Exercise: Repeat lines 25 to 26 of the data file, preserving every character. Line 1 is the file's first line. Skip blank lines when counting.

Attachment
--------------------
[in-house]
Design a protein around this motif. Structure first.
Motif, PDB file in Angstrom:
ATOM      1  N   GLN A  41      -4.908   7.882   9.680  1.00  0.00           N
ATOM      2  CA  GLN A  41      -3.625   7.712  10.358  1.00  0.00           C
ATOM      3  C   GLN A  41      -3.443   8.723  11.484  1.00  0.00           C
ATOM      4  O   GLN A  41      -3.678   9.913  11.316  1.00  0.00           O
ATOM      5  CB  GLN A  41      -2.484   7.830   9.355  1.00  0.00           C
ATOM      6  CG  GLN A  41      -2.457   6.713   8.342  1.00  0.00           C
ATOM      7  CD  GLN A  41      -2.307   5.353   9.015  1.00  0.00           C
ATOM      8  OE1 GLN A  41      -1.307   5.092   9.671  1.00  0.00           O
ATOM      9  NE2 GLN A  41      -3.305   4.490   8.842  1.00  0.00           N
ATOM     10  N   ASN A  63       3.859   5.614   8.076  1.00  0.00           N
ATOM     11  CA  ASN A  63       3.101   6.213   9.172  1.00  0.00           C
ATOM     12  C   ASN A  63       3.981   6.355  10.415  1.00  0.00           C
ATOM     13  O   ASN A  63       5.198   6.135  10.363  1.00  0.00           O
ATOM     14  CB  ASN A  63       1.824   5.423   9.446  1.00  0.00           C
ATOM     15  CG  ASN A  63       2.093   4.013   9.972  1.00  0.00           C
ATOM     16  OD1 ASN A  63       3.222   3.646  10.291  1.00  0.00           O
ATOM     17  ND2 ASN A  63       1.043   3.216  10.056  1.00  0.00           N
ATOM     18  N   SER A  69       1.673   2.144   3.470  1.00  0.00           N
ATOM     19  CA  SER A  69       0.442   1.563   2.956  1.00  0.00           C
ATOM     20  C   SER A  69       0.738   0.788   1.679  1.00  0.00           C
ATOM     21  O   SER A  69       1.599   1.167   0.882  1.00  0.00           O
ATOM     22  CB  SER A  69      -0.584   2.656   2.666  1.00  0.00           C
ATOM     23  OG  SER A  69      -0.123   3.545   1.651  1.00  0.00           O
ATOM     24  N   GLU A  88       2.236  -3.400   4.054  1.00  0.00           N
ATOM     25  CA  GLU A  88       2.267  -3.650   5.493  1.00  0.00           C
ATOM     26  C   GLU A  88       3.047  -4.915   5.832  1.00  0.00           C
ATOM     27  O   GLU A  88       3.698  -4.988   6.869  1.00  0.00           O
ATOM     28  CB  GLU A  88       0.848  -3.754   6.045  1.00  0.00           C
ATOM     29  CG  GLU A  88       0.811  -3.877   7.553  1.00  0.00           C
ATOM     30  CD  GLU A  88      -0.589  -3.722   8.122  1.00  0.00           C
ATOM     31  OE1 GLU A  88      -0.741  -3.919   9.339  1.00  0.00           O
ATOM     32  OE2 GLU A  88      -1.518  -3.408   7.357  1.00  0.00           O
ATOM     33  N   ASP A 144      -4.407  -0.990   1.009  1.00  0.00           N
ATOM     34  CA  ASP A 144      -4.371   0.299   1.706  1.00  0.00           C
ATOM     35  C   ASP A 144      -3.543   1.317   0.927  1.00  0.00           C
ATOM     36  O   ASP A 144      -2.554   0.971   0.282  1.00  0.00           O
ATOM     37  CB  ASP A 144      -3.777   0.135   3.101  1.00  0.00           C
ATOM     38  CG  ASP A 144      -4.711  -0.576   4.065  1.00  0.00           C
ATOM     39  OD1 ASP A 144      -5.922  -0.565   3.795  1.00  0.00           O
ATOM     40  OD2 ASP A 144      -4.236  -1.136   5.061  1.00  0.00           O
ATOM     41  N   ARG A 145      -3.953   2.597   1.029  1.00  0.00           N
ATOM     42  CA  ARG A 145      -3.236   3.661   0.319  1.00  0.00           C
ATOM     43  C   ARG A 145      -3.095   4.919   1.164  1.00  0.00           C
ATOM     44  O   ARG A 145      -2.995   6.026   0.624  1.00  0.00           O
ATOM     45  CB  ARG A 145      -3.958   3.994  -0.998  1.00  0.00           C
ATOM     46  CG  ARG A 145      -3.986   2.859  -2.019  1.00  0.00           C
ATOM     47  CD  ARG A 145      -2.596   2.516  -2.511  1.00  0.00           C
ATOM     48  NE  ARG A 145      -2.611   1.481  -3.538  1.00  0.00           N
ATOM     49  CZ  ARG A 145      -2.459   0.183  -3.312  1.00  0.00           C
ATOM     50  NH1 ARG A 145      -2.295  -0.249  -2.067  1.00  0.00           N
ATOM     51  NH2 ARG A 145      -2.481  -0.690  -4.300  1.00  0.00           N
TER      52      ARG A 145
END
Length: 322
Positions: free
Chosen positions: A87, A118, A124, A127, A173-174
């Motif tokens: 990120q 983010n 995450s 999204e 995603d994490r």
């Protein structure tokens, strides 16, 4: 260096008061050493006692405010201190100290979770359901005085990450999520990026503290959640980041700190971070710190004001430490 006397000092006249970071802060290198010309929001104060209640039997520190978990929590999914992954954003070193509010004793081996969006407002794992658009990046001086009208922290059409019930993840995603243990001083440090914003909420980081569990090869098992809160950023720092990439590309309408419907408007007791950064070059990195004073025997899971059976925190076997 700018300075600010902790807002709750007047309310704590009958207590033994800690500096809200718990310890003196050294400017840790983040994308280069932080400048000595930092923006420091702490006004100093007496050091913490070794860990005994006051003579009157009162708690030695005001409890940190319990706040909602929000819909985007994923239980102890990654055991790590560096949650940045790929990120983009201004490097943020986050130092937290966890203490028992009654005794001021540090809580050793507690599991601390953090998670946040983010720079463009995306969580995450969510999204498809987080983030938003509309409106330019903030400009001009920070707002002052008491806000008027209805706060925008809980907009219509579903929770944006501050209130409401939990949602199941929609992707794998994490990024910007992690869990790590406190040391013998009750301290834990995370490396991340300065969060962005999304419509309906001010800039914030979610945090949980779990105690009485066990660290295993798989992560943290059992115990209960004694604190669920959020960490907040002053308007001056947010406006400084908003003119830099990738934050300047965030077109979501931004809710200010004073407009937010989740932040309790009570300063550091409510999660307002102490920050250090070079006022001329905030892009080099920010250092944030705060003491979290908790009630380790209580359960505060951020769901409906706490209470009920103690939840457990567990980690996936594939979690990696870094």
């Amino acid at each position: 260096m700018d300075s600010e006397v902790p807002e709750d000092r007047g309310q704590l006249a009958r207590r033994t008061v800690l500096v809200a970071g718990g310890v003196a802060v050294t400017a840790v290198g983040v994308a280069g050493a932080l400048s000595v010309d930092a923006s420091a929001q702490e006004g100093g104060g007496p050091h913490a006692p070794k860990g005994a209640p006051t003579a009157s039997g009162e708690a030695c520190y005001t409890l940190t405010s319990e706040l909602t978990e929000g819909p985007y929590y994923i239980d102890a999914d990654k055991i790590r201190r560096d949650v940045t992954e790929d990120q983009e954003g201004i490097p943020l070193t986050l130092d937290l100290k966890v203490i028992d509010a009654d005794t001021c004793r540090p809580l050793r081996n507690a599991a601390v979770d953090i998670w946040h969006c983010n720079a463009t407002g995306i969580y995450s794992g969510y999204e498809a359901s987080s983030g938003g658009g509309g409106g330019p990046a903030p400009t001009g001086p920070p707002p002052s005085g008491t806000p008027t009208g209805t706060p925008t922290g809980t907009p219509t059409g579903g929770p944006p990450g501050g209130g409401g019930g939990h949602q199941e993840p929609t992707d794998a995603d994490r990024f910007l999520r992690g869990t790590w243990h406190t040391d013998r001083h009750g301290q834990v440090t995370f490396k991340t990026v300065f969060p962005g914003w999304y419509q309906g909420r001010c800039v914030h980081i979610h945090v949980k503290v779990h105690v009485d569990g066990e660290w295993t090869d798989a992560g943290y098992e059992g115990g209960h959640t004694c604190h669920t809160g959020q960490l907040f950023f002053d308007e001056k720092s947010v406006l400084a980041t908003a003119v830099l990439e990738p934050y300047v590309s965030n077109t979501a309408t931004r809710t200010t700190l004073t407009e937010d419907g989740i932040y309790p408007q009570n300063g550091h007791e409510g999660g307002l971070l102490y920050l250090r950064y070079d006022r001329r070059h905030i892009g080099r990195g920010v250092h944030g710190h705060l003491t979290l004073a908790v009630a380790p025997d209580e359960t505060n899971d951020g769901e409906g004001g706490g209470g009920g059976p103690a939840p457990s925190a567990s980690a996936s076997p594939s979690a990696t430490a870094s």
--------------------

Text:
ATOM     22  CB  SER A  69      -0.584   2.656   2.666  1.00  0.00           C
ATOM     23  OG  SER A  69      -0.123   3.545   1.651  1.00  0.00           O